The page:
I recently participated on a round-table discussion on the Tenth Amendment, political sovereignty, delegation of power and nullification on a talk show in Indiana. The panel consisted of me, two left-leaning lawyers and a right-leaning lawyer.
I took two interesting observations away with me.
Most telling was the fact that both of the lefties and the righty disagreed with me, proving a point I’ve been making for quite a while – at the core, the left and right aren’t that much different. Both sides desire expansive government power. They just argue about what part of your life that power should apply to.
I also found it interesting that my opponents’ entire argument rested on the thinnest of ice. It looked solid on the surface. But the slightest poke easily punched holes in it.
Opponents of nullification base their argument on a false premise – the ultimate authority of the Supreme Court. The other three countered virtually every argument I made with, “the Supreme Court says.” It was almost comical. I pointed out in various ways that the Supreme Court does not stand as the sole and final authority on the extent of federal power, and they would answer, “But the Supreme Court says…” In essence, their argument boils down to “the Supreme Court stands as the ultimate authority because the Supreme Court says it stands as the ultimate authority.”
Sadly, the idea that the SCOTUS gets the final say prevails in American society. So-much-so that most people immediately assume anybody who calls the notion into question must be a kook. So, no matter what logical argument I bring to the table, opponents of nullification simply have to repeat “the Supreme Court says” over and over, and most American will conclude they won the debate. Who questions the Supreme Court? It has the word “supreme” in the name, right? This Mike guy must have a screw loose.
Of course, James Madison and Thomas Jefferson agreed with me. (Well, more accurately, I agree with them.) So, does that make them kooks too?
Madison wrote in his Report of 1800:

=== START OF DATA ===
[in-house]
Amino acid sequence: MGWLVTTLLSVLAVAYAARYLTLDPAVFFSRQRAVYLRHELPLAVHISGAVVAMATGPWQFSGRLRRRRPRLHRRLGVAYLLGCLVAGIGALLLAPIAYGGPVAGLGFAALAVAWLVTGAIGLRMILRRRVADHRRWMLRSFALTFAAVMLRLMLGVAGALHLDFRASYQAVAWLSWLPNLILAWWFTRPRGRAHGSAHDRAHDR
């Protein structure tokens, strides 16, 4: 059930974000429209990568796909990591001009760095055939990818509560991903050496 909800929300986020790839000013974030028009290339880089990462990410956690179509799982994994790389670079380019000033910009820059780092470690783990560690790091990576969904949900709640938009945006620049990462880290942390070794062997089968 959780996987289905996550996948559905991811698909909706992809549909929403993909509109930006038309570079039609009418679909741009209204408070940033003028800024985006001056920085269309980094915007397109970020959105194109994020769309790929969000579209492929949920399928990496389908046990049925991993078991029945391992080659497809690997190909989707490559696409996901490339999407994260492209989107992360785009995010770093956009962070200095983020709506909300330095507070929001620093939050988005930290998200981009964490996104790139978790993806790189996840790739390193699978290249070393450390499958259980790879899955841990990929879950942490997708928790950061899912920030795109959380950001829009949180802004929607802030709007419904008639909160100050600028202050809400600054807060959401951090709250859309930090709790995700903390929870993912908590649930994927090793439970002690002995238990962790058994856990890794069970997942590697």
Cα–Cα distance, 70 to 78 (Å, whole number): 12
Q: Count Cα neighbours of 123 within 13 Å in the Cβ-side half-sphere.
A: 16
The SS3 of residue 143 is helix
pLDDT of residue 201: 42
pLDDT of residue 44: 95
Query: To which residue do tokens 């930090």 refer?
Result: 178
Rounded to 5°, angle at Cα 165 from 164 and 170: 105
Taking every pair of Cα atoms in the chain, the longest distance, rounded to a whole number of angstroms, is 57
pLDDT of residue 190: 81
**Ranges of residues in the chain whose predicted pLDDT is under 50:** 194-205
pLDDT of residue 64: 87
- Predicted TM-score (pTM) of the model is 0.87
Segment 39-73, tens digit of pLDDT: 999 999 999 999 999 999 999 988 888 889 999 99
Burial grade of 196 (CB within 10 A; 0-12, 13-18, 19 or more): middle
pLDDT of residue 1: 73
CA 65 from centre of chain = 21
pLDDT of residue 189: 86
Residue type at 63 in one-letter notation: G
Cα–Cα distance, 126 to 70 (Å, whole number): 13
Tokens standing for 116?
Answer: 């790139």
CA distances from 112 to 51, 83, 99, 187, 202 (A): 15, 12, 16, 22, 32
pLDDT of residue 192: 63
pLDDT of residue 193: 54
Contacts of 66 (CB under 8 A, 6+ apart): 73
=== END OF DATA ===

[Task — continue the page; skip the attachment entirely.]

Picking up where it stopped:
However true, therefore, it may be, that the judicial department, is, in all questions submitted to it by the forms of the Constitution, to decide in the last resort, this resort must necessarily be deemed the last in relation to the authorities of the other departments of the government; not in relation to the rights of the parties to the constitutional compact (the people of the state), from which the judicial as well as the other departments hold their delegated trusts. On any other hypothesis, the delegation of judicial power would annul the authority delegating it; and the concurrence of this department with the others in usurped powers, might subvert for ever, and beyond the possible reach of any rightful remedy, the very Constitution which all were instituted to preserve.
Madison’s argument makes sense logically. It fits within the ratifiers’ understanding of the Constitution they approved. It flows from the legitimate delegation of power from the people, to the states and then to the federal government.
But opponents simply ignore the argument. They pretend it doesn’t exist and parrot their talking point: the Supreme Court says.
At some point, doesn’t it become incumbent on those who claim the SCOTUS makes the final determination on the extent of federal power to refute Madison? To offer some proof from the ratifying conventions, or the intended structure of the American system, or legitimate delegation of powers? Don’t they need to offer up something to prove the absolute authority of the Supreme Court besides claims from the Supreme Court?
I think so.
And I’m waiting.
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